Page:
I live in a rural area of Appalachia and the WSJ description is nothing like the reality. We leave our doors unlocked, leave our cars running outside the convenience stores in winter, and wave to each other when passing on the roads. Road contractors leave their equipment and materials alongside the roads at night and nobody steals or vandalizes them. We may be poor, but people here are honest. Eat your heart out, WSJ.
Here's a link to the article (no paywall):http://www.foxbusiness.com/features/2017/05/26/rural-america-is-new-inner-city-2.html
WRT to Kenton, I'm not familiar with that town itself, but there are many fine small towns in that area with functional, attractive downtowns. That part of OH has excellent agricultural productivity, and many farmers and farming communities are quite prosperous. Like others stated, all areas have poor people who make poor choices, but give me rural central ohio over most US cities for quality of life any day.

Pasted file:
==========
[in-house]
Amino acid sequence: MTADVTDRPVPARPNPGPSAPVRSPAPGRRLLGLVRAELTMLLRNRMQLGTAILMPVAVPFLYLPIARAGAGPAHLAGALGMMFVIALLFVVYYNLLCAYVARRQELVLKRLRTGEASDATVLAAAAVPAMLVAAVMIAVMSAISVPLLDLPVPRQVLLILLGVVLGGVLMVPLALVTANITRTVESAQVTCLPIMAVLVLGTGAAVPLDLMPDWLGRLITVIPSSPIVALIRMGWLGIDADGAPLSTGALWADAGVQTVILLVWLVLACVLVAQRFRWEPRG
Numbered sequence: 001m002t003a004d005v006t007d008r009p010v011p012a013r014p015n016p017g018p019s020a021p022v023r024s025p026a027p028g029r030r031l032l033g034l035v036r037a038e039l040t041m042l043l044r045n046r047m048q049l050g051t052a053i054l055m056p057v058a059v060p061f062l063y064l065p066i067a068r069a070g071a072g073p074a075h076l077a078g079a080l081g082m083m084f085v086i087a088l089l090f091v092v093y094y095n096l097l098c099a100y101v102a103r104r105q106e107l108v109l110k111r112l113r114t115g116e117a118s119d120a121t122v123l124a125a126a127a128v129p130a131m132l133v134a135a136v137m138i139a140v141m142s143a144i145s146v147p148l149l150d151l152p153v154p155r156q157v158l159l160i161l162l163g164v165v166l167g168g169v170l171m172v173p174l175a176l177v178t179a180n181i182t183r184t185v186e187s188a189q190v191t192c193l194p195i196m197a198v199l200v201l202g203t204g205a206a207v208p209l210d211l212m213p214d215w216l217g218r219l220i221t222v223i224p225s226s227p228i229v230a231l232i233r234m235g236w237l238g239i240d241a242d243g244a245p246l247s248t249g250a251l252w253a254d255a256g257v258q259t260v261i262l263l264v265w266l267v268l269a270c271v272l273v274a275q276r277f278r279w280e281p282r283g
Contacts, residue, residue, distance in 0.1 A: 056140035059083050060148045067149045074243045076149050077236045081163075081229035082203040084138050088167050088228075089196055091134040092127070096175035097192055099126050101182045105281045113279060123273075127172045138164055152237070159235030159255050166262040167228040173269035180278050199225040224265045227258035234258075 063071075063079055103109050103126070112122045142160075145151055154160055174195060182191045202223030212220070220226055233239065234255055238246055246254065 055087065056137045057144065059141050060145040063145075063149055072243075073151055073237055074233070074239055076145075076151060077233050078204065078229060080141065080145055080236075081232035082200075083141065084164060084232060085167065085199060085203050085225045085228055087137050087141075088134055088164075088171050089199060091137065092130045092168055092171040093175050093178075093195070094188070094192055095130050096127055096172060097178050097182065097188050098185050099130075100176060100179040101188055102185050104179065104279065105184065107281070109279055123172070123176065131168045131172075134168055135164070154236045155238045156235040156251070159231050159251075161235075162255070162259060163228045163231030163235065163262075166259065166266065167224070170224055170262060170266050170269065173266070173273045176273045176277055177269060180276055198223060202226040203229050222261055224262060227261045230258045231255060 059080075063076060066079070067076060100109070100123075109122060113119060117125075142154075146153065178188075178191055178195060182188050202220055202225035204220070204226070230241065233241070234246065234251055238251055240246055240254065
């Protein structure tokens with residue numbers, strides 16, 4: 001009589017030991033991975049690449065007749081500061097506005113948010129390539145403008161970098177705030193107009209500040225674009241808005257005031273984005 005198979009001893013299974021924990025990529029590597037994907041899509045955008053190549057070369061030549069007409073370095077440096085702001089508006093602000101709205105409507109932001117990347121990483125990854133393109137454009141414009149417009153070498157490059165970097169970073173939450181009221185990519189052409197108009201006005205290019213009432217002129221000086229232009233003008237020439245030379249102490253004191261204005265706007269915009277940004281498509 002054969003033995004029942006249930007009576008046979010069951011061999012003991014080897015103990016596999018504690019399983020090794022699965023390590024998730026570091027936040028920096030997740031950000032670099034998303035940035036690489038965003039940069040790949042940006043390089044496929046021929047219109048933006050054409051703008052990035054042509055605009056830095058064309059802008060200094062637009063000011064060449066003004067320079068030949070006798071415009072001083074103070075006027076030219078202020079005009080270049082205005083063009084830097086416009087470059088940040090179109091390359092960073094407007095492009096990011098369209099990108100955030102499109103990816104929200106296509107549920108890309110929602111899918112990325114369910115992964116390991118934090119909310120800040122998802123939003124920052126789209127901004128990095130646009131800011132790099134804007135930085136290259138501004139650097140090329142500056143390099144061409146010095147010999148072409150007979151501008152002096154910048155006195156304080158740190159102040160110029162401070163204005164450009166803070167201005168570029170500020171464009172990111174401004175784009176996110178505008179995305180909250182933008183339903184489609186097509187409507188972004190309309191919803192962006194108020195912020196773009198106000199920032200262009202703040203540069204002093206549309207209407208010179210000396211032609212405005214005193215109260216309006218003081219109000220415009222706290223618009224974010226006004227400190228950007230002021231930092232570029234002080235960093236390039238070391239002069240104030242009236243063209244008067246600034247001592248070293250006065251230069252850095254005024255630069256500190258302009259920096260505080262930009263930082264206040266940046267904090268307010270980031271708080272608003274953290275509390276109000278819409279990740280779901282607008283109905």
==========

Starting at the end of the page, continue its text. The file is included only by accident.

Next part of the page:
I'm from Lima, OH, very close to Kenton. I've been to Kenton, and many of the other towns and villages in the area.
There are problems in the region, but it's not exclusively like the articles present.
And there certainly is a solution; it involves a lot of prayer.
NOTHING says 'Inner City' Like New York City. I've been reading about NYC crime for more than 50 years. I suppose focusing on rural crime is your way of diverting attention away from the worst city in America
Thank you to the commenters here who have confirmed my own experience living in several wonderful rural towns, where neighbors look after neighbors, and the good and bad, rich and poor, people of all kinds live along the same streets with no zoning to create exclusive (non-creepy) areas.